THE HEART STUDY

 

The HEART study's enrollment period will be coming to an end soon! So far, this study has enrolled 54 participants and we are extremely appreciative of your contribution to this important research. This study's goal is to enroll 60 individuals so we are working very hard to recruit 6 new participants before enrollment closes. If you are interested, click below to find out more!

A MESSAGE OF APPRECIATION

We are tremendously grateful to our research participants and our community volunteers for making our research a possibility!

RESOURCES OF INTEREST
  • Click here to visit Dr. William Hu's lab page - a neurologist at Emory that we collaborate with

  • Click here to watch past study participants discuss their experience with lumbar punctures

  • Click here to read some Frequently Asked Questions about lumbar punctures

  • Check out some brain-related health stories on "Your Fantastic Mind", a television series created through a partnership between Emory University and Georgia Public Broadcasting.

  • If you are in need of Alzheimer's or dementia related support please take a look at the Alzheimer's Association's Help and Support page

OUR MISSION

The Wharton laboratory is focused on Alzheimer’s prevention and investigates the influence of midlife vascular risk factors on Alzheimer's disease (AD) in mostly cognitively normal populations. We develop observational & clinical trials in hopes of reducing Alzheimer's disease in people most at risk, including individuals with a parental history of AD, African Americans, family caregivers, women and the LGBTQ community.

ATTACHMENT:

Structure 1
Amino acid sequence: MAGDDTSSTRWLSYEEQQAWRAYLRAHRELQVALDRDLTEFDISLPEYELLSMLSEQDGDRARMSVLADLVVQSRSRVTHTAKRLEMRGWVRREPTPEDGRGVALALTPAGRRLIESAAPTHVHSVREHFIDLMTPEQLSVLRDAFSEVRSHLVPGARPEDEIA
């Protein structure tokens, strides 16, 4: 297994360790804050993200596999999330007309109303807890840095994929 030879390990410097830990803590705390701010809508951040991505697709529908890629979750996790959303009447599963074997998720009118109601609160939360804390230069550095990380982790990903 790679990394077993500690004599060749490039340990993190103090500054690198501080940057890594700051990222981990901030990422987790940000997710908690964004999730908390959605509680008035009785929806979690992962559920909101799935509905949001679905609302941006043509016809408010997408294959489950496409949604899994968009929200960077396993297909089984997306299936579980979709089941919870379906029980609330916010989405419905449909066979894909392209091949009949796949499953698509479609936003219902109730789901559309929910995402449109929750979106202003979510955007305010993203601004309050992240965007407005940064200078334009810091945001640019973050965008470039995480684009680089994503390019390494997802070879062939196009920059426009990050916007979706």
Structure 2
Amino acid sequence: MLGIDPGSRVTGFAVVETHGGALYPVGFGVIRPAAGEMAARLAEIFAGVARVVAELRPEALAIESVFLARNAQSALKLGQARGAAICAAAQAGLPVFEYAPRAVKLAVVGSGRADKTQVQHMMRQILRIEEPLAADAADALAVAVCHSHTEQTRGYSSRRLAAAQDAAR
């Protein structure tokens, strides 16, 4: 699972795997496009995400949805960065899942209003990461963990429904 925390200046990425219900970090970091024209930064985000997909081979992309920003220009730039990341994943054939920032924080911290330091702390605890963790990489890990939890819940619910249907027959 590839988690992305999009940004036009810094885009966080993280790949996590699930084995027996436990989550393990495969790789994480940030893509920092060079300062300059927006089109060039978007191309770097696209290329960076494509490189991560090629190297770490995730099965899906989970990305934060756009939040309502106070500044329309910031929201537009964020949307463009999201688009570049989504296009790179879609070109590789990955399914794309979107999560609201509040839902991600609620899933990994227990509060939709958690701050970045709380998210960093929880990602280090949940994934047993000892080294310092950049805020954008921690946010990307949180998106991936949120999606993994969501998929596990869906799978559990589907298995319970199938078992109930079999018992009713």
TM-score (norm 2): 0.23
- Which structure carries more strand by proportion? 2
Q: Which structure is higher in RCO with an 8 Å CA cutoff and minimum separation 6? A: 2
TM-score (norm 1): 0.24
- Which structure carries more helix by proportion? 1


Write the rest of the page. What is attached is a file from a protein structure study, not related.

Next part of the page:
Areas of investigation include:

  • Understanding the contribution of midlife vascular risk factors in AD and developing interventions to target the most relevant AD biomarkers including AD-related brain changes, inflammation, sleep, and heart health, in individuals at high risk for AD.

  • Testing whether certain blood pressure medications penetrate the brain and act on Alzheimer's disease biomarkers, thereby potentially reducing AD risk.

  • Testing potential racial differences in the way that blood pressure medications penetrate the brain and potentially influence AD risk, while at the same time investigating both physiological and sociological factors that may lead to these differences.

  • Understanding how sex hormones in the body and in the brain influence an individual’s risk for AD.

  • Adapting existing AD caregiver interventions to make the information more applicable to African Americans and the LGBTQ community.

WHITNEY WHARTON​

LABORATORY 

 

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